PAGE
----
Tuesday, 13 June 2017

Unarmed Prophets

"Hence it comes about that all armed Prophets have been victorious, and all unarmed Prophets have been destroyed. "

Niccolo Machiavelli

God again commands Jonah to visit Nineveh and prophesy to its inhabitants. This time he goes and enters the city, crying, 

“In forty days Nineveh shall be overthrown.” 

After Jonah has walked across Nineveh, the people of Nineveh begin to believe his word and proclaim a fast. The king of Nineveh puts on sackcloth and sits in ashes, making a proclamation which decrees fasting, sackcloth, prayer, and repentance. God sees their repentant hearts and spares the city at that time. 

The entire city is humbled and broken with the people (and even the animals) in sackcloth and ashes. Even the king comes off his throne to repent.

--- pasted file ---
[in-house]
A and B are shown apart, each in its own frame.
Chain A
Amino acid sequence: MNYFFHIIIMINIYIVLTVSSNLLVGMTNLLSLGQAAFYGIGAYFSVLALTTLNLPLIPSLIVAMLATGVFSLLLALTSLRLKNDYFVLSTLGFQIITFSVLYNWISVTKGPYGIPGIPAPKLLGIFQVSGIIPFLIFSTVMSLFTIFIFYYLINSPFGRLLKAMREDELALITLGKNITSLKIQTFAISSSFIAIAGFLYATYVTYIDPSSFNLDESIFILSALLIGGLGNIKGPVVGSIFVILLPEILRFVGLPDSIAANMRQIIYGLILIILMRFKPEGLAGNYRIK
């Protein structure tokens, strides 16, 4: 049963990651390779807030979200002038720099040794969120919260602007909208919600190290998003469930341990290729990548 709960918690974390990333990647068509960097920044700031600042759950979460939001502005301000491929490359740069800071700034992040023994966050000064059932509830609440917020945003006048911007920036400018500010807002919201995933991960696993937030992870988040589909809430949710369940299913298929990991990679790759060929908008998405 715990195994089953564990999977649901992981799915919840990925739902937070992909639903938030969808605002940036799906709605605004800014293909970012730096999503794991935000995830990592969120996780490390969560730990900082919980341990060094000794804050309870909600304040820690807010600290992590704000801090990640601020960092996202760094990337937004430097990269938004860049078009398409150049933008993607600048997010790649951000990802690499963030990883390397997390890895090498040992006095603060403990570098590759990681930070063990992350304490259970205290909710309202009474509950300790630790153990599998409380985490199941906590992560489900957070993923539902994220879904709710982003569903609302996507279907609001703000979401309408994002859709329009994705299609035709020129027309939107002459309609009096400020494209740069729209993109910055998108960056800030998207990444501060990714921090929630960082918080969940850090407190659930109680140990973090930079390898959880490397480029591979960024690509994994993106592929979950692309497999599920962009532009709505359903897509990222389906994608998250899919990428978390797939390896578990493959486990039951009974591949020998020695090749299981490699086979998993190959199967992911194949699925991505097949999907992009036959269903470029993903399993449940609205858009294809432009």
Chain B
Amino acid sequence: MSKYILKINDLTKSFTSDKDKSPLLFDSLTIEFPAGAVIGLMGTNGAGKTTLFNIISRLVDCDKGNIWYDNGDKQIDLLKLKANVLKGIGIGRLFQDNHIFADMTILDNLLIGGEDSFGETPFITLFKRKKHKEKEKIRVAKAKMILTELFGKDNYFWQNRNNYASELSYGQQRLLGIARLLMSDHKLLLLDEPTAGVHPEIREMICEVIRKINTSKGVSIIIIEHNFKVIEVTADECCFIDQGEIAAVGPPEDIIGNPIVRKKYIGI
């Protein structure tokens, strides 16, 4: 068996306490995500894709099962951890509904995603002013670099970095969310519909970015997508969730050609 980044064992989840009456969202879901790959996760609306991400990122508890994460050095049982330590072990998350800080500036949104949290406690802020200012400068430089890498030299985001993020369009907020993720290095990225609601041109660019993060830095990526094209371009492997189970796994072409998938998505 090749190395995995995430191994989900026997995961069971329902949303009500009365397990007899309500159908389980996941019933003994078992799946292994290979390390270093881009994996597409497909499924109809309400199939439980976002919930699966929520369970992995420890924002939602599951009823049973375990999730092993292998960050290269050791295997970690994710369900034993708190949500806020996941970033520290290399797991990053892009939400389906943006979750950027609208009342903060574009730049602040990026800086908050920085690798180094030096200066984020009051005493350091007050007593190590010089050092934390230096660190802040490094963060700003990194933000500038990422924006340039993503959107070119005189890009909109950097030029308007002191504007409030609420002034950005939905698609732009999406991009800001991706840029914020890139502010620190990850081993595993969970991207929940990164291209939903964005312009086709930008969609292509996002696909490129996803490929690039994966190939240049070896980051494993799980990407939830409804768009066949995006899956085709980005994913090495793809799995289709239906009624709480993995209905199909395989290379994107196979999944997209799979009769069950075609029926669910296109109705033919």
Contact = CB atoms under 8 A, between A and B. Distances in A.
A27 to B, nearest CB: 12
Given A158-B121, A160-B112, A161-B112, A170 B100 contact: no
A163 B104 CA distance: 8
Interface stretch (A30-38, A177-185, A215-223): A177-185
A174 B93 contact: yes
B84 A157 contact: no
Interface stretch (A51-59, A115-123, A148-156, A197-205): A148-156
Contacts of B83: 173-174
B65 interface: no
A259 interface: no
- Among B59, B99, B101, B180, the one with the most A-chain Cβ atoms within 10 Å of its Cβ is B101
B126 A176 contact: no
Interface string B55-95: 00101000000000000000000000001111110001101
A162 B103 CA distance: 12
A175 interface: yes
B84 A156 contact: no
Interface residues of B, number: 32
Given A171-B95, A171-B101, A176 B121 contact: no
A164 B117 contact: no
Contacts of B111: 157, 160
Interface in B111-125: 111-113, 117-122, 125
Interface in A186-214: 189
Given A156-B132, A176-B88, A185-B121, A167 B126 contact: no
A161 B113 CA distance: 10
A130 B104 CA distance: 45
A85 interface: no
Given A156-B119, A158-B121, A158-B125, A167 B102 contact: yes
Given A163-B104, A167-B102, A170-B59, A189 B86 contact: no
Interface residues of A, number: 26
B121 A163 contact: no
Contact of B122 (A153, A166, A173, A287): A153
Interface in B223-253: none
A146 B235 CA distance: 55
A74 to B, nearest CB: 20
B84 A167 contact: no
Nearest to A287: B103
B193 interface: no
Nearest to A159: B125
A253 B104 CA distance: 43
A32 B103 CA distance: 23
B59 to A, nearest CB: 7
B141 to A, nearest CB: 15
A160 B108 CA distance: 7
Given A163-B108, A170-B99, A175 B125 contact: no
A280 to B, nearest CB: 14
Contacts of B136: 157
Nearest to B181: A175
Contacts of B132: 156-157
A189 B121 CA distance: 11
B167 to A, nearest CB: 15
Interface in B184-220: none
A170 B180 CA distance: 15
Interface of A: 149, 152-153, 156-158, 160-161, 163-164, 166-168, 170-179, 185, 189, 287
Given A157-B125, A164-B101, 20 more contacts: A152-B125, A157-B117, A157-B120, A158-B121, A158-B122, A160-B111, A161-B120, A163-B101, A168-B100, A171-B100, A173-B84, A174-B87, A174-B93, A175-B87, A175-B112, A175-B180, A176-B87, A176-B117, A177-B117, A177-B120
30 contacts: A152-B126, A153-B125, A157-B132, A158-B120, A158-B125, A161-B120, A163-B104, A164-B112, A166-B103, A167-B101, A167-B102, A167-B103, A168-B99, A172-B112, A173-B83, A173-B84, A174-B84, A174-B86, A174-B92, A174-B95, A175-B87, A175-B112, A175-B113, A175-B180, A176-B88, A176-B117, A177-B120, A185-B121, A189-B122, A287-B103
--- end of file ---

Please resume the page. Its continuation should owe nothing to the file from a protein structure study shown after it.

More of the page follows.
Displeased by this, Jonah refers to his earlier flight to Tarshish while asserting that, since God is merciful, it was inevitable that God would turn from the threatened calamities. He then leaves the city and makes himself a shelter, waiting to see whether or not the city will be destroyed. God causes a plant (in Hebrew a Kikayon) to grow over Jonah’s shelter to give him some shade from the sun. 

Later, God causes a worm to bite the plant’s root and it withers. 

Jonah, now being exposed to the full force of the sun, becomes faint and desires that God take him out of the world.

And God said to Jonah: “Art thou greatly angry for the Kikayon?” And he said: “I am greatly angry, even unto death.”

And the LORD said: “Thou hast had pity on the gourd, for which thou hast not laboured, neither madest it grow, which came up in a night, and perished in a night;
and should not I have pity on Nineveh, that great city, wherein are more than sixscore thousand persons that cannot discern between their right hand and their left hand, and also much cattle?”

— Book of Jonah, chapter 4, verses 9-11

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